Not knowing what I was really experiencing, I was growing to become pretty emotionally dependent with Tom. I spent a lot of my energy focusing on my time with him and how good it felt to connect, and feel affirmed by this older guy. We went to the bar several more times just to talk and have a drink or two.


Then one night Tom asked me to go to a party with him. He said it was a “bring your own drinks” type of party. Tom said I should try MD-20-20. He said it was a dark red wine and would do the trick to get me feeling pretty good. So he bought me a bottle and I brought it to the party. Before we left he instructed me on how to drive home safely if I was leaving drunk. “John, roll the windows down, its winter and the cold air will keep you alert”. Then further instruction spoke to keeping the radio up loud and eyes open wide. I still laugh thinking about his instruction and my emulating what he had taught me. So, he dropped me off to get my car at the parking lot in front of the store we worked at. I got into my car, obediently rolled the windows down, turned the radio on and got ready to drive home.

ElCamino


CRASH!!!!!


I didn’t even make it out of the parking lot. As I drove my ‘68 El Camino forward from the parking space I saw a huge red octagon fly down in front of me. Yep, your right, it was the stop sign. I backed up, slowly, left the sign on the ground and found the exit from the lot and drove home. The sign was repaired with a brace and I saw that brace for many years afterwards, each time I went into that parking lot. My right of passage was so visible to me and I am sure frustrating for the maintenance crew at the mall.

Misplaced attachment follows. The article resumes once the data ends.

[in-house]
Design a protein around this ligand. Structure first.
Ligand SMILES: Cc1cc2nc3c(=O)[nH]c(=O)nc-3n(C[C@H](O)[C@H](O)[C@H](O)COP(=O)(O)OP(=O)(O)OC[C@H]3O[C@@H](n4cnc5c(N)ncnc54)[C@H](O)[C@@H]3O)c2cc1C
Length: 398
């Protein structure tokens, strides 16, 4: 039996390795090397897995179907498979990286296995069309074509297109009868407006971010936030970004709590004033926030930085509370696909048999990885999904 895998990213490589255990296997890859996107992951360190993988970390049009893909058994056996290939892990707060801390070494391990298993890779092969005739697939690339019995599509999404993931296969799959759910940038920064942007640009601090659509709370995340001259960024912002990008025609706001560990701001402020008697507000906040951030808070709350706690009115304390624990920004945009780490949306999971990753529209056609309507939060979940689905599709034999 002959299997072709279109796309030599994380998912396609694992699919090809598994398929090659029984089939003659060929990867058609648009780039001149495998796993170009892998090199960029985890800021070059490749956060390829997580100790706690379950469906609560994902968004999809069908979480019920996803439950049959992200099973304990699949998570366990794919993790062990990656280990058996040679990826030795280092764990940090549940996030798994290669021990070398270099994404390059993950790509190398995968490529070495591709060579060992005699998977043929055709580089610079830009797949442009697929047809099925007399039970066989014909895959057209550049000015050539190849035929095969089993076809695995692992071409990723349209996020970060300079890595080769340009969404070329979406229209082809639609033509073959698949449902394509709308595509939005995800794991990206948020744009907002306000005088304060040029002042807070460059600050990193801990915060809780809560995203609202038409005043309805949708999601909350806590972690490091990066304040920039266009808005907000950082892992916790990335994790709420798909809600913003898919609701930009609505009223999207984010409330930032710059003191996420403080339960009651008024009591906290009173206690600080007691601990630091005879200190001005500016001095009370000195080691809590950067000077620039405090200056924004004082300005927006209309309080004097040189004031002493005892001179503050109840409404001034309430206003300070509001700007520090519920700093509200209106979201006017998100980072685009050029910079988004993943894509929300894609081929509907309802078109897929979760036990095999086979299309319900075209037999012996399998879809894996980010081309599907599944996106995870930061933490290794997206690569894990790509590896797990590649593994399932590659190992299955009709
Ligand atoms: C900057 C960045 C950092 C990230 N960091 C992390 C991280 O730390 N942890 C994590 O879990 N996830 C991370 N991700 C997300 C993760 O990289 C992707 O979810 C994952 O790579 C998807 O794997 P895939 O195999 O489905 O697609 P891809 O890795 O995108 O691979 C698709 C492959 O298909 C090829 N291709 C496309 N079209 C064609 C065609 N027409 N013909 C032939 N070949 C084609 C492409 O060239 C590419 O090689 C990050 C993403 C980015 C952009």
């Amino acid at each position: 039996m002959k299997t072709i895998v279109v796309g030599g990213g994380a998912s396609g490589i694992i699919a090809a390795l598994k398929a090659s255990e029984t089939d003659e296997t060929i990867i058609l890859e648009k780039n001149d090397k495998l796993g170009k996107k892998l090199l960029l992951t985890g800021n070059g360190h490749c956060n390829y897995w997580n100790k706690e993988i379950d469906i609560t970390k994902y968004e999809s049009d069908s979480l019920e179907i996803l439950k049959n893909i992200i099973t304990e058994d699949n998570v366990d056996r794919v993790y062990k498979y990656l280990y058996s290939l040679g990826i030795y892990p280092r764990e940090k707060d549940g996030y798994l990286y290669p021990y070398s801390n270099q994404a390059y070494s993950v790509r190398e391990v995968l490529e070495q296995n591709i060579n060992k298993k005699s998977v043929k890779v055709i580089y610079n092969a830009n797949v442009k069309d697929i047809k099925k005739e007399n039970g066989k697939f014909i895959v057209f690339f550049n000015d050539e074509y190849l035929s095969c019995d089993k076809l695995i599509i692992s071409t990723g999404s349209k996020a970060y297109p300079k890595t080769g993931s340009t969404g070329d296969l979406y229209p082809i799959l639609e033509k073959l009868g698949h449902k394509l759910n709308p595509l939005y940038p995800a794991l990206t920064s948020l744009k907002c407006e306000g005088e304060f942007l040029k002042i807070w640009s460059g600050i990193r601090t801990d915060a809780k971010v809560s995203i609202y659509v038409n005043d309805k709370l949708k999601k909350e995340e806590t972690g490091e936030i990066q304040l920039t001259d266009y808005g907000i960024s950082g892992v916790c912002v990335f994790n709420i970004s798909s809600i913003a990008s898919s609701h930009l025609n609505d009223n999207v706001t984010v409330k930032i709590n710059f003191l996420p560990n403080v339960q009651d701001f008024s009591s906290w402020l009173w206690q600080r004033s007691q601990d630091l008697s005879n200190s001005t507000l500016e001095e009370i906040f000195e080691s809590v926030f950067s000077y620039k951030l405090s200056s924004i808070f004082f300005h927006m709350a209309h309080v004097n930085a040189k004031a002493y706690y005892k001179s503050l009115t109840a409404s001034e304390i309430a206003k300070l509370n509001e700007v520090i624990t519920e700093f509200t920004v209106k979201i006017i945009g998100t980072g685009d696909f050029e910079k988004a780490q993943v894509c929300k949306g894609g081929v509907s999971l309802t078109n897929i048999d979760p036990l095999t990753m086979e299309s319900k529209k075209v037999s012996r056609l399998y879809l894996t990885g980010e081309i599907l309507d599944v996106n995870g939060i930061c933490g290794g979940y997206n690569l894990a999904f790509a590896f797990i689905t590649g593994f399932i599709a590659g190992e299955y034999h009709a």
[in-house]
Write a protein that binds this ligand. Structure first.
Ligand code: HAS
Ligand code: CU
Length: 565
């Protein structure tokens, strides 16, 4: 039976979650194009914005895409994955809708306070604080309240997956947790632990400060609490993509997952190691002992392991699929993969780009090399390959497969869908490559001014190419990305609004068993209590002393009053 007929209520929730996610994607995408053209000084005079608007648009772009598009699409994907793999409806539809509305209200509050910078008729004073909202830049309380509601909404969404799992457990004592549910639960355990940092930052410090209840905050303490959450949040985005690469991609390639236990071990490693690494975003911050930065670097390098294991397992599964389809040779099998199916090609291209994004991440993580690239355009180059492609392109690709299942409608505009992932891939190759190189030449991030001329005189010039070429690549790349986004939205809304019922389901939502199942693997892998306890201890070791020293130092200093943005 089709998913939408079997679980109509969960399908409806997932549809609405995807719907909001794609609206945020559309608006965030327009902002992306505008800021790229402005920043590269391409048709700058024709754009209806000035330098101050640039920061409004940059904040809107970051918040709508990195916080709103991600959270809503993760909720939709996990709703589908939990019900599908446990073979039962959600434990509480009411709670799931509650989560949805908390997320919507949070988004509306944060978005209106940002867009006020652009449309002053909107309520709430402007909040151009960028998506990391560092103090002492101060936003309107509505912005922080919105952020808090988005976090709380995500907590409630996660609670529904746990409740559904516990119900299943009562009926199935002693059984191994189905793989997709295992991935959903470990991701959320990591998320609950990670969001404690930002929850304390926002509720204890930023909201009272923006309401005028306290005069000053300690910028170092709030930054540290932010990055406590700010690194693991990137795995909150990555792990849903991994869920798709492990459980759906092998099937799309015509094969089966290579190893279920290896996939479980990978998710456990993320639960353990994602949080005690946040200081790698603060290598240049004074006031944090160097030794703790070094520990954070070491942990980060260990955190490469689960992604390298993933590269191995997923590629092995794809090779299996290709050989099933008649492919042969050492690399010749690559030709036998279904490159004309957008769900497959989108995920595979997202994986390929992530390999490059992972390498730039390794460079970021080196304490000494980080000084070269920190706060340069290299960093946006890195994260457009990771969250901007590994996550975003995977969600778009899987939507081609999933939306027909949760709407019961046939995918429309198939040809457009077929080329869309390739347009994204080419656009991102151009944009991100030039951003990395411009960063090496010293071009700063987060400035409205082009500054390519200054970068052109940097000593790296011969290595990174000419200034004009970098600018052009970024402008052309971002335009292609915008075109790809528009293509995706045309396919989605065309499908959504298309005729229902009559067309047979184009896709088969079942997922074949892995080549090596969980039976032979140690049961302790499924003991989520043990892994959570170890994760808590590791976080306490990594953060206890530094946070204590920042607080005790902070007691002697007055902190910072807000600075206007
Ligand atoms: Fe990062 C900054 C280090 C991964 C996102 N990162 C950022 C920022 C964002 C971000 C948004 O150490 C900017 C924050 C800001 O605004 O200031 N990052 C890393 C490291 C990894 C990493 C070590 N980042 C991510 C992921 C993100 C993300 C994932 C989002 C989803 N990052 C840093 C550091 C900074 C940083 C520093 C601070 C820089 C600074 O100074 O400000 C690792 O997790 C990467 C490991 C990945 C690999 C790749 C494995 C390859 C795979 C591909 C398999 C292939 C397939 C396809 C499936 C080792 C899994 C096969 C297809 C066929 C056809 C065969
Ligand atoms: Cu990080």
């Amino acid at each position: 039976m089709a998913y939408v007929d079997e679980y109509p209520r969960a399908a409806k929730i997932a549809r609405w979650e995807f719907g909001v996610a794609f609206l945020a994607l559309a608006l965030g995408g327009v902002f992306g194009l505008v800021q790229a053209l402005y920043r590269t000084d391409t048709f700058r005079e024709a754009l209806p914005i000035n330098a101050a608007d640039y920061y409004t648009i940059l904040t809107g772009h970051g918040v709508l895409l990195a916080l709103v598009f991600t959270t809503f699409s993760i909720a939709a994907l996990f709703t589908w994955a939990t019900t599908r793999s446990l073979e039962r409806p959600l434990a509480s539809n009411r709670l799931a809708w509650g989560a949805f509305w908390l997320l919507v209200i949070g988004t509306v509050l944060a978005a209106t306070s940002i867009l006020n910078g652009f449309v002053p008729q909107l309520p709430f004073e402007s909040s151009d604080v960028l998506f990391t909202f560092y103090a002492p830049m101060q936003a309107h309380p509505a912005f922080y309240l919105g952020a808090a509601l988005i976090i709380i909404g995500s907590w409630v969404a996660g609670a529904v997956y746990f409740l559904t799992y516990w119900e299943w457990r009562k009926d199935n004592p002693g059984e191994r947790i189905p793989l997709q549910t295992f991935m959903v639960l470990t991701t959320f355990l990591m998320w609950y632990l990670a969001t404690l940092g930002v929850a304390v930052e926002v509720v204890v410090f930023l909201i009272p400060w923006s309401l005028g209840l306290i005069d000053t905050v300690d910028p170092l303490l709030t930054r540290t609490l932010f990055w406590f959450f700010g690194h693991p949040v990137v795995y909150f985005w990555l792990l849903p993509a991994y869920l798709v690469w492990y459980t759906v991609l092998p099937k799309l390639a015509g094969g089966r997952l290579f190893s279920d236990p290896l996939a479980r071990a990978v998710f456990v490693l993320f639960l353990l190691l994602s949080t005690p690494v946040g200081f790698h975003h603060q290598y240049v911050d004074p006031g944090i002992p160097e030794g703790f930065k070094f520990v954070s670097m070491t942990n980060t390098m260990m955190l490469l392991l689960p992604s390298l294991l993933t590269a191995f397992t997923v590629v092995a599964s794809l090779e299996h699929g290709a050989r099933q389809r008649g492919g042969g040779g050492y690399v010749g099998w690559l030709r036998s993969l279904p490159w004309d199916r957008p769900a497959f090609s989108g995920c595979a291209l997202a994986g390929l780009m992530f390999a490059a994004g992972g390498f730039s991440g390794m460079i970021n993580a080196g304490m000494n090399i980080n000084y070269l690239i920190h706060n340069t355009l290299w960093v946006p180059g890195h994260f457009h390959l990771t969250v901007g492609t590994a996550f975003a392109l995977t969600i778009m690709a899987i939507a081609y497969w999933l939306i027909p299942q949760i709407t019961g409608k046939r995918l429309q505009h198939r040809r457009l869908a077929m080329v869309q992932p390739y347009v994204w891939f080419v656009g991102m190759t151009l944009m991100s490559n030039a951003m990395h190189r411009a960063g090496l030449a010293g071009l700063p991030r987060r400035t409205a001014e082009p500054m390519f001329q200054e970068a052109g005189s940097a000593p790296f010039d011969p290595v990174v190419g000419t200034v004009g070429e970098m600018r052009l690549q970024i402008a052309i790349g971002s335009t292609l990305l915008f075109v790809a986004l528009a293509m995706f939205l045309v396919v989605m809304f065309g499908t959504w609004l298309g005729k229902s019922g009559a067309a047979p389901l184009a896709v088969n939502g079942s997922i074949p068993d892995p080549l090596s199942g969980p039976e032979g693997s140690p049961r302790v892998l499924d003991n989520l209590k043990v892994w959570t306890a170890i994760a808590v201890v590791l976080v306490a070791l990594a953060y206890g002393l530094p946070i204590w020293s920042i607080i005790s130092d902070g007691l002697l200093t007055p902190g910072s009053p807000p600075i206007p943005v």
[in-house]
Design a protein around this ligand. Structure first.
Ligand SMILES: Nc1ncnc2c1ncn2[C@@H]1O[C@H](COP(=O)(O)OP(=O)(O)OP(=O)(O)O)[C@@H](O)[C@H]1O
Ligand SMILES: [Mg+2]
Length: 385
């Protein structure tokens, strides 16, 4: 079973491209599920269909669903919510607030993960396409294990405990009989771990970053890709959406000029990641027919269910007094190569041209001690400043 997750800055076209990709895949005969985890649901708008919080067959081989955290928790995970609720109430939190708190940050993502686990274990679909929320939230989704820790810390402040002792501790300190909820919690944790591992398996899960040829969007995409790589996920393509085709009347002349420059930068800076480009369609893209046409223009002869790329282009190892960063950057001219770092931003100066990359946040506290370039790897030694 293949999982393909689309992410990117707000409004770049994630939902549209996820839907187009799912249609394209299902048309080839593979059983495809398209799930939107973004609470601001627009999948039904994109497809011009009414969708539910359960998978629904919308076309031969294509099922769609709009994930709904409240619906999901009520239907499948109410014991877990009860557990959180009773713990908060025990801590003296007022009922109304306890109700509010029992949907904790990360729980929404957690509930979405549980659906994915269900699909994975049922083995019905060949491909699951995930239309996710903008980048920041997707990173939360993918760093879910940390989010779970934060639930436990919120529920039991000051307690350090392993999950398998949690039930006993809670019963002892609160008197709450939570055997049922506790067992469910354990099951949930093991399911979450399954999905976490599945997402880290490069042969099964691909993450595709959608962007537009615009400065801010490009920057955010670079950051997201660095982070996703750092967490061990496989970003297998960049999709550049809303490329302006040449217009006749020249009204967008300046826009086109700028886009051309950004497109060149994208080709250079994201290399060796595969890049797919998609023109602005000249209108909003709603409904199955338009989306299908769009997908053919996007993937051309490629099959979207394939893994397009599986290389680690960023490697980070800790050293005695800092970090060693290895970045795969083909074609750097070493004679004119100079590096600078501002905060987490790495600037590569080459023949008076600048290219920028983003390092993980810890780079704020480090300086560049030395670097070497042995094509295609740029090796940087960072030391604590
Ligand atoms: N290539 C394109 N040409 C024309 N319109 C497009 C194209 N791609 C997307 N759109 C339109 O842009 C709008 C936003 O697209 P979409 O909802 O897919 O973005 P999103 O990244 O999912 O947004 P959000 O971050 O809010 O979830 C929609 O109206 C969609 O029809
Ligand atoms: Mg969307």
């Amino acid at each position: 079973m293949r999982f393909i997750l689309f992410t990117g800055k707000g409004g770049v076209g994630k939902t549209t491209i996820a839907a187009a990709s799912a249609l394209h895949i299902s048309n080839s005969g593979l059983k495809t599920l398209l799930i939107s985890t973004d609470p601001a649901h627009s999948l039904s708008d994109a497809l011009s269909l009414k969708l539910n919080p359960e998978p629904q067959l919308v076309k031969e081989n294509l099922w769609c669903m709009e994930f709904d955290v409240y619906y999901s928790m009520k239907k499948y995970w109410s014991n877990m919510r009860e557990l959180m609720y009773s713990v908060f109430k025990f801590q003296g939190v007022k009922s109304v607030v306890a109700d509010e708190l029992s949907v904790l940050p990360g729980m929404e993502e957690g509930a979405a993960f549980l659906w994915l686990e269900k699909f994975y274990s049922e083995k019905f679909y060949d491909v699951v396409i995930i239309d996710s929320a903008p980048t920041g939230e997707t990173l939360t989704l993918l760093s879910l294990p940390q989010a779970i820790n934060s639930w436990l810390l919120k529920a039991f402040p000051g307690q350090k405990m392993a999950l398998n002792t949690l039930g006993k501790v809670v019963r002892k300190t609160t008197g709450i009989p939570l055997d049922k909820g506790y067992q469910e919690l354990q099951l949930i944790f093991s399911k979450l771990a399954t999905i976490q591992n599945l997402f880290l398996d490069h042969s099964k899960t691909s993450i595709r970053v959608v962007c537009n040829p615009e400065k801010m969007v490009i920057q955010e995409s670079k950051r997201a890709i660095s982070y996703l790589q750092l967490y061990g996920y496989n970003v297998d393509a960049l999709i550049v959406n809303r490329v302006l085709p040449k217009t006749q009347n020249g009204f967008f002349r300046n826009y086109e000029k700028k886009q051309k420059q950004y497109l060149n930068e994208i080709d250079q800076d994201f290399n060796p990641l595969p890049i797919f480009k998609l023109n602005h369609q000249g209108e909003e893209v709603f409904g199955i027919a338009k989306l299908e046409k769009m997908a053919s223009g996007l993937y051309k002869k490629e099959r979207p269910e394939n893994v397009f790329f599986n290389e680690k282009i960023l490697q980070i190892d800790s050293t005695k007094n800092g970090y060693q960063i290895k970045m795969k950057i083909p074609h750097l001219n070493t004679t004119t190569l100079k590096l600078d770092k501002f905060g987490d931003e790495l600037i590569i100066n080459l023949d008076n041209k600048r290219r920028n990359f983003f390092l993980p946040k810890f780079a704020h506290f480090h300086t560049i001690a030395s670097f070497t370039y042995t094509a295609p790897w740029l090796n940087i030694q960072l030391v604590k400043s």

But, I made it home safely and went into the house. I felt so woozy as I walked in. I thought everything was cool but I was late! I had a curfew of 12:00 midnight and it was about 12:30. As I got ready to settle in, my dad came out of his bedroom with his hand out. “John, give me your keys.” “You’ll get them back Sunday night, you’re late.” Nothing more was said and he may or may not have known I was drinking but it was never mentioned.